Table 1 Participation to nurses at work pilot survey by region
Table 2 Current professional situation, by graduation cohort and region (n = 287)

About 80% of respondents completed the questionnaire in 16 minutes or less. Due to the absence of a personal identifier, access to the survey questionnaire was unrestricted. As many as 930 entries were registered on LimeSurvey©, of which 280 were excluded because they remained less than one minute on the questionnaire and did not answer any question (we hypothesized that they were either employers wanting to check the seriousness of the study before advertising it, or nurses from other cohorts). In addition to the 287 respondents from the two test cohorts, as many as 363 persons ‘forced themselves’ through the first selection questions because they heard from the study one way or the other; they were subsequently classified as belonging to ‘other cohorts’. Some of them indicated in the free comments section that they had completed their nursing education abroad but were working in Switzerland, others that they were interested in the survey, or were asked by their employer to participate anyway. We decided to include this latter group in Table 3.

Table 3 Non-exclusive sources of the invitation to participate, by year of graduation (n = 650)

Methods for reaching the nurses at work target population

Among all 650 respondents who completed at least part of the questionnaire, 426 (66%) answered the question on how they had received the nurses at work invitation by mentioning all relevant sources in a closed list and in a comment field. Email (from any source, including graduate mates, 64%) and invitation letters sent by nurses at work (22%) were the most frequently mentioned sources, followed by employers (25%) (Table 3). Facebook and the media were rarely mentioned; however, only one article appeared in the general media and one in the ASI/SBK journal, and our Facebook page was institutional rather individual, therefore less appealing and harder to find.

The questionnaire’s item inquiring whether nurses were still in contact with their graduate mates indicated that out of the 147 nurses who answered that question (only half of the respondents), 60% of the 1988 cohort and 66% of the 1998 cohort reported that they were still in contact with one or more graduate mates. Paradoxically, only 63 respondents (22% of the two test cohorts) provided at least one postal or email address for their graduate mates, indicating a large margin for improving the efficiency of the snowball recruitment process in the main study. Members of the more recent 1998 cohort provided somewhat fewer overall contacts than those from the older 1988 cohort (19% vs. 24%) but more email addresses: 15% (n = 20) vs. 23% (n = 43) respectively indicated at least one postal address, but 11% (n = 12) vs. 8% (n = 14) at least one email address.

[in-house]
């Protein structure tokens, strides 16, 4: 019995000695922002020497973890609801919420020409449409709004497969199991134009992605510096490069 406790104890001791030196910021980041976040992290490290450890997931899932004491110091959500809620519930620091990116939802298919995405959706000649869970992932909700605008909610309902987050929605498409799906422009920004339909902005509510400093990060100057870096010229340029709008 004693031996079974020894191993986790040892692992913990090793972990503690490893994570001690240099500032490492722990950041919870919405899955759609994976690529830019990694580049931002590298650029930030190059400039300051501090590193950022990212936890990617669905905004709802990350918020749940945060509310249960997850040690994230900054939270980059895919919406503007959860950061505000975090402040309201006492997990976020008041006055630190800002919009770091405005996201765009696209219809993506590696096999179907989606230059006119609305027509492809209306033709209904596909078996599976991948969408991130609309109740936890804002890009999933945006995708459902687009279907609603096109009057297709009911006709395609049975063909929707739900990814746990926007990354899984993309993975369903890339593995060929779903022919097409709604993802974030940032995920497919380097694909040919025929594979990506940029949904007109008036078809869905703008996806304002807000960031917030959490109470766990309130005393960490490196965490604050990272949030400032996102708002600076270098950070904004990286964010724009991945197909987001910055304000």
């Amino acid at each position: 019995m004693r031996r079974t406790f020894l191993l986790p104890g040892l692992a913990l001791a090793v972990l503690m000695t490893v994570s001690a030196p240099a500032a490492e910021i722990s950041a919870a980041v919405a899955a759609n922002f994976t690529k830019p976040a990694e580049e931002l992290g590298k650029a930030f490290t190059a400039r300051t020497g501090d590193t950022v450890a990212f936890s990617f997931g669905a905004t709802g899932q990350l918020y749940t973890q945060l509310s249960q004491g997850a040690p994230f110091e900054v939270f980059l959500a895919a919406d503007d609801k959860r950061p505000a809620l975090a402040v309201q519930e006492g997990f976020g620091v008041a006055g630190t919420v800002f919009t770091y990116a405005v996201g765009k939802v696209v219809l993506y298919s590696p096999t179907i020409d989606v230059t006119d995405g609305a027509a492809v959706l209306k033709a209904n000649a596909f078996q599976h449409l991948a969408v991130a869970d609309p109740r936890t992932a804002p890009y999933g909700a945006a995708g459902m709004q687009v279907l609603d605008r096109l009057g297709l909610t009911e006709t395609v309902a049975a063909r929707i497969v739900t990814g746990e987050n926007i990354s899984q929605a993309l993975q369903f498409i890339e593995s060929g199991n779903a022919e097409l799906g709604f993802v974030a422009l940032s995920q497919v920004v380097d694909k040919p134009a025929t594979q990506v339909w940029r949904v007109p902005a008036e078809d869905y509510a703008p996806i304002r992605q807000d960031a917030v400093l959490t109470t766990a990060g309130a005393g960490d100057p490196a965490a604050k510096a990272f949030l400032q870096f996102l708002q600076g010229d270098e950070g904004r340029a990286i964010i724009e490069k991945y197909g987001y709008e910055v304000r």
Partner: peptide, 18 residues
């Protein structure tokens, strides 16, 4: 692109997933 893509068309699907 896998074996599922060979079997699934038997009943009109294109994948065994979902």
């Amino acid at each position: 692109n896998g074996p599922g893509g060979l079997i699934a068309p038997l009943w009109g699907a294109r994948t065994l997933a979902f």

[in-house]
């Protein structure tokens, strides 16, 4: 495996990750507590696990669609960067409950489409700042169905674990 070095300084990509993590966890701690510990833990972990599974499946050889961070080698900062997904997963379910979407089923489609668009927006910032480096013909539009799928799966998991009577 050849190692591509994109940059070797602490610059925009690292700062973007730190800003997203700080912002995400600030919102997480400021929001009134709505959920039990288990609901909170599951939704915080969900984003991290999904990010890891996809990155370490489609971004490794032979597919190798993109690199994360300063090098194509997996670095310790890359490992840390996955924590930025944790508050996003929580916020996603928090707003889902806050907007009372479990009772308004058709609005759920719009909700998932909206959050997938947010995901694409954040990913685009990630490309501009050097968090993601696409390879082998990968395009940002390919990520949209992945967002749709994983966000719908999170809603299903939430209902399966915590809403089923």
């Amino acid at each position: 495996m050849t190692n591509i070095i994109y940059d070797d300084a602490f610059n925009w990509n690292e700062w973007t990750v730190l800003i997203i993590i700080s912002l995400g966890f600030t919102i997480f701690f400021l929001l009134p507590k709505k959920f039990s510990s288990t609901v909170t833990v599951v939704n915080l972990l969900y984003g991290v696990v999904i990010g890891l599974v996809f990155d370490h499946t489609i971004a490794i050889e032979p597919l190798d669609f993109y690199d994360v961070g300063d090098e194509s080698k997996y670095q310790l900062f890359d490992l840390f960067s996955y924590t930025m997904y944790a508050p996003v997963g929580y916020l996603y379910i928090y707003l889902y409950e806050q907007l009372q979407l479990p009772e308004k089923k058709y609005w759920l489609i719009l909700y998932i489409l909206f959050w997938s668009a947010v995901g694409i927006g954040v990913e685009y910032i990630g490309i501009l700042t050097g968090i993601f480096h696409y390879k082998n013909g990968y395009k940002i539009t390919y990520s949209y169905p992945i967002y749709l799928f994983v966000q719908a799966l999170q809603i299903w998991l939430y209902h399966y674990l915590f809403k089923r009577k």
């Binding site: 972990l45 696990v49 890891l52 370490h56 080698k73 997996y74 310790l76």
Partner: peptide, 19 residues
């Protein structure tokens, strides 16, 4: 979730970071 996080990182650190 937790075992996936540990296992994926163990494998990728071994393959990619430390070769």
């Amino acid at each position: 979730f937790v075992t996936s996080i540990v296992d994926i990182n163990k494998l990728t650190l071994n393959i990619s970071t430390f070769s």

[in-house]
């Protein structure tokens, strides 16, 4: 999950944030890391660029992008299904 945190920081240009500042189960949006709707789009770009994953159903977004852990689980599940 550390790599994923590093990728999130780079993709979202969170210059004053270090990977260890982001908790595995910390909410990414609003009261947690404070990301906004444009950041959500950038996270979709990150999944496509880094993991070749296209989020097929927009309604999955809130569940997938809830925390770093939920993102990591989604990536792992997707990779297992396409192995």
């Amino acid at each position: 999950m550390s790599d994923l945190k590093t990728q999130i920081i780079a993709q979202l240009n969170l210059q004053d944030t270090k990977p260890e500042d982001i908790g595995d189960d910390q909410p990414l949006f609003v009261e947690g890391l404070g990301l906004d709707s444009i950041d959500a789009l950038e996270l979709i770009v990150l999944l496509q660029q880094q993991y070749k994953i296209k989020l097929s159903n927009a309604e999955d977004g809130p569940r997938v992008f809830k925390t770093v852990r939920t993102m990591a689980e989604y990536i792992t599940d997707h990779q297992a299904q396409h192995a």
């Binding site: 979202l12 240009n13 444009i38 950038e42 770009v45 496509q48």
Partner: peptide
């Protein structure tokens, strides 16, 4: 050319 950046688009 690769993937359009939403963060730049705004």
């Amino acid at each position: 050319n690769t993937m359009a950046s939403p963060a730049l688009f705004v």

Acceptability of the study

The vast majority of respondents (94%) stated that they would ‘probably’ or ‘maybe’ agree to participate in the main larger nurses at work study (Table 4). There were no notable differences between the two cohorts of 1988 and 1998, or across linguistic regions (data not shown). Nurses working outside nursing or ‘inactive’ were less enthusiastic about future participation, but these last two categories only represented 15 individuals (6% of the respondents from the two test cohorts).

Table 4 Willingness to participate in the larger main nurses at work study, respondents from the two test cohorts of 1988 and 1998 (n = 287)

Free comments either retrieved from the questionnaire or received through the nurses at work email address were largely positive. Fewer than five respondents stated either that the questions were too limited in scope, or commented on their decision not to communicate other names. Conversely, one respondent forwarded the invitation to all members of her professional specialty association. The surprisingly large number of ‘outsiders’ who answered voluntarily without being part of the target test cohorts is another indication that nurses working in Switzerland have a strong interest in the study’s topic.